China’s former insurance regulator pleads guilty to taking $3m bribes
Xiang Junbo, the former head of now defunct China Insurance Regulatory Commission, has admitted to taking $3m in bribes at a court case held in China today.
According to various local reports and China’s state media, China’s former insurance regulator pleaded guilty in court on Thursday to taking bribes.
The case come a year after he was sacked amid China’s ruling Communist Party’s campaign against dubious financial services. Junbo was head of the now dismantled China Insurance Regulatory Commission (CIRC). Xiang is highest-ranking finance official that has been caught out by Chinese President Xi Jinping’s crackdown on the Chinese financial services industry.
Prosecutors at a court in eastern Jiangsu province heard that Xiang had abused his power not only as head of the insurance watchdog, but also earlier in his career while holding senior positions at the People’s Bank of China and Agricultural Bank of China, according to the reports.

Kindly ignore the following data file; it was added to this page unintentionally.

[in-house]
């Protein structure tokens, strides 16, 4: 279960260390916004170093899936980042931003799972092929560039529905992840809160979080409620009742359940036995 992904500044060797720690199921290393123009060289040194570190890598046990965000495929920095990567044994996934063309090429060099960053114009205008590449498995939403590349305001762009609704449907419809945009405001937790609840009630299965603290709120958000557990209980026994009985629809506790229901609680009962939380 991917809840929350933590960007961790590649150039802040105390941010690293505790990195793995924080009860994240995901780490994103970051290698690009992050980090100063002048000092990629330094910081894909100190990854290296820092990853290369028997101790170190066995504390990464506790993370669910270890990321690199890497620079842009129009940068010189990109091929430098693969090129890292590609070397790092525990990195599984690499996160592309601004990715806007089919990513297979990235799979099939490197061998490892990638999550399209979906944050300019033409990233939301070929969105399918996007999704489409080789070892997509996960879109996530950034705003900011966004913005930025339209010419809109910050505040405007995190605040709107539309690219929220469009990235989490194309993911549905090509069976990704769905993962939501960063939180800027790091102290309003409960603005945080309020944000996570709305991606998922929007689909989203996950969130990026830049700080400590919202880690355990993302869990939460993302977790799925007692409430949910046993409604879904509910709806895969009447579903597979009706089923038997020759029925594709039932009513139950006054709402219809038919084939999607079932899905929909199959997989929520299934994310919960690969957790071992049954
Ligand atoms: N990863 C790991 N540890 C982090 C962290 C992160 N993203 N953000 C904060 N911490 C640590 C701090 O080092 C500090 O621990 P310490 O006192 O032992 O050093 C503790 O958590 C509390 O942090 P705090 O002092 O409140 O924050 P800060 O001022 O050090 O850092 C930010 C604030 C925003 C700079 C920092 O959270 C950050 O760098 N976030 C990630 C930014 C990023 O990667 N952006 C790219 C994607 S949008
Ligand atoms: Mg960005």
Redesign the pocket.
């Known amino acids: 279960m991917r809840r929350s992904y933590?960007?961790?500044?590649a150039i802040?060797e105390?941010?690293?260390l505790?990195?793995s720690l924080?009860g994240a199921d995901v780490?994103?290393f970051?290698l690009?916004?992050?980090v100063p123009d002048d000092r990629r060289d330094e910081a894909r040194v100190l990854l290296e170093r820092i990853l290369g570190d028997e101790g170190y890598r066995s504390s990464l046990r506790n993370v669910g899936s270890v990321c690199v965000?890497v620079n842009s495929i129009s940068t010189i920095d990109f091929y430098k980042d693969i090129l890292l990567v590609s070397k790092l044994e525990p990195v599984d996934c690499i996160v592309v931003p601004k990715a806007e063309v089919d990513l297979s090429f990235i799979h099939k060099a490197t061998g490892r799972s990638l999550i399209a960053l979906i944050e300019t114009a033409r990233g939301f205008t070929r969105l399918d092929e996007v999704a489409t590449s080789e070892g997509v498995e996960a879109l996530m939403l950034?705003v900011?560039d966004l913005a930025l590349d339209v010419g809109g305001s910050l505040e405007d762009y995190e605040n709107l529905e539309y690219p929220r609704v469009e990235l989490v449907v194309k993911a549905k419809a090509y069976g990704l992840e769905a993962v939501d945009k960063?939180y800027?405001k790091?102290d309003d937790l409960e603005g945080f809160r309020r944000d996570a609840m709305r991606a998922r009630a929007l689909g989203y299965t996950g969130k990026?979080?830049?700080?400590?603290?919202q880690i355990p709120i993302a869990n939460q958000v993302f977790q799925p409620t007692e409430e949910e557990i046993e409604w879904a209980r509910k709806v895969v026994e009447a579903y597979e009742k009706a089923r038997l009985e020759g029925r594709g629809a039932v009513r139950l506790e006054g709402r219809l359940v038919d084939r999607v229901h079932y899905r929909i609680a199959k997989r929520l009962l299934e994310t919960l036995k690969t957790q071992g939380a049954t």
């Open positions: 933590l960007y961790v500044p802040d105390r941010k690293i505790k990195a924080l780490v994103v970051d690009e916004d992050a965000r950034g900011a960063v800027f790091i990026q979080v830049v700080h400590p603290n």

The 61-year-old has been accused of taking bribes totalling 19.4 million yuan ($3m) in exchange for helping organisations and individuals secure contracts, loans, qualifications and personnel promotions, Xinhua reported.
The court did not give a date for sentencing.
Prosecutors said Xiang accepted bribes both directly and through an associate, whom they identified as Yang Guang, who The Economic Observer, a Chinese financial newspaper, reported that Yang is Xiang’s wife. The report added that she was being prosecuted separately.
The newspaper said also that one of Xiang’s senior personal secretaries at the CIRC had been indicted, while one of his junior secretaries had been sacked from the agency and expelled from the party but was not facing prosecution.
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Xiang was removed from his position at the CIRC in April last year and the former watchdog no longer exists as an autonomous agency after it was merged with the banking regulator in March this year.
Xiang was appointed head of the CIRC in 2011. In his six years at the helm the value of China’s insurance industry almost tripled, and several firms grew exponentially.